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Bad Year At UCLA - Game Theory - Blaze Of Glory (Vinyl, LP)

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  1. Blaze Of Glory, originally released in , was the first music from Miller and company, after an album and EP fronting Alternate Learning. It showed the beginnings of the power-pop mixed with new-wave sensibilities the band would become known for and even hints at the upcoming Paisley Underground sound that would take California by storm.
  2. Two songs from Blaze of Glory, "Sleeping Through Heaven" and "Bad Year at UCLA," were re-recorded by the Game Theory lineup (Miller, Michael Quercio, and Jozef Becker), with Nancy Becker returning to provide keyboard and backing vocals, for the compilation album Tinker to Evers to Chance. "Something to Show" appeared on the compilation as Genre: Power pop, new wave.
  3. The best place to begin is, of course, at the beginning; Game Theory’s debut LP Blaze of Glory, just reissued on CD and colored-vinyl LP by the Omnivore label. Considered somewhat raw, even amateurish, at the time of its original release, the record sounds far more accomplished in .
  4. Dec 13,  · This take on Blaze of Glory is the first proper reissue of a lot of the songs here, with Miller always insisting on re-recording earlier tracks for Game Theory compilations. Blaze of Glory is still a fine start, even if there aren’t any new discoveries from the original album. The band’s leader couldn’t have felt that any of these.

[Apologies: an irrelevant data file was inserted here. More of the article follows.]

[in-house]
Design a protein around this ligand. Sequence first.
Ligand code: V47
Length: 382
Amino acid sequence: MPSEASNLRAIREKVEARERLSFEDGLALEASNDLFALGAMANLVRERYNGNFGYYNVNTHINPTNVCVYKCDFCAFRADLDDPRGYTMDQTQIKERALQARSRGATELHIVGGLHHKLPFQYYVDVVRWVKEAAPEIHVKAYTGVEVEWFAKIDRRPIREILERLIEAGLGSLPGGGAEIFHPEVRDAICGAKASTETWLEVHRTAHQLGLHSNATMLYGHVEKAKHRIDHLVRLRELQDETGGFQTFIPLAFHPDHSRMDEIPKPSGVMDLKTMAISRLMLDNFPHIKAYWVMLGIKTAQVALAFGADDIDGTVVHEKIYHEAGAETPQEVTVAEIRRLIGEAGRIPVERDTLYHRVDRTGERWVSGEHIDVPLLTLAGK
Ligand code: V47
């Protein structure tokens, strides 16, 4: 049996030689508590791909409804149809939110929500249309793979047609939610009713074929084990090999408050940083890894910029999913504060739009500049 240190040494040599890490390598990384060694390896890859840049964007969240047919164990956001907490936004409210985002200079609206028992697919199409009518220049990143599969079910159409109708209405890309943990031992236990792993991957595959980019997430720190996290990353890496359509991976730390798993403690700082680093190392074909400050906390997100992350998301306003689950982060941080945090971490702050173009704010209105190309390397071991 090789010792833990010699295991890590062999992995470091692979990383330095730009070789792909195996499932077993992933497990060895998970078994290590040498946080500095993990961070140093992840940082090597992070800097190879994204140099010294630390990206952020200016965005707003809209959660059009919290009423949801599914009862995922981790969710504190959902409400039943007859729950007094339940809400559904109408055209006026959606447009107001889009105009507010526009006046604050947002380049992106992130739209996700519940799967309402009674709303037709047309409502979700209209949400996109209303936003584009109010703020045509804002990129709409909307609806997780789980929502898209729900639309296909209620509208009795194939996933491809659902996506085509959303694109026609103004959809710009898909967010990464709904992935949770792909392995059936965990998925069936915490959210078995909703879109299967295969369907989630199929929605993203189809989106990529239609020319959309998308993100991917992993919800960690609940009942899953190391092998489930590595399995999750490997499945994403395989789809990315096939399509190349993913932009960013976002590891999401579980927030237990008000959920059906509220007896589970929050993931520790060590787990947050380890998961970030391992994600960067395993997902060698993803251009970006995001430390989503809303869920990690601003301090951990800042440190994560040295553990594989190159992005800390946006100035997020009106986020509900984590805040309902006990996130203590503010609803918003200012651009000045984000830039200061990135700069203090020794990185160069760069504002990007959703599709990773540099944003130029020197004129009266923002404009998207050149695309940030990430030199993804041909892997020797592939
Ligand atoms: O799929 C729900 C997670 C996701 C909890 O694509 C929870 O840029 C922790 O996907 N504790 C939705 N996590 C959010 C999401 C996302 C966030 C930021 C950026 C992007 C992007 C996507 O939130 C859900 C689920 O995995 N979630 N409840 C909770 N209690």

5. Blaze Of Glory (Color Vinyl + 8 Page Booklet) by Game Theory - Vinyl LP () for $ from simpsourticonsgocor.paymangbowestwebdobulocsiralarri.infoinfo Pop / Rock - Order by Phone Price: $
  6. Game Theory were only a few months old when they began recording their debut album, 's Blaze of Glory, in a makeshift studio in the home of singer, guitarist, songwriter, and all-around idea man Scott Miller. Blaze of Glory is in many respects the work of a band taking baby steps, but it's also a very ambitious work that represents Miller's desire to move on from his juvenilia with his.
  7. Omnivore Records has been doing yeoman's work in the reissue and anthology venue since their inception, but 's harvest alone is enough to put them on par with Rykidisc (RIP) and Rhino. A fresh trifecta of bonus-ized remasters has me particularly psyched, namely Game Theory's Blaze of Glory, The Posies Failure, and TV Eyes, a one-off endeavor between Jason Falkner and Roger Manning that's.

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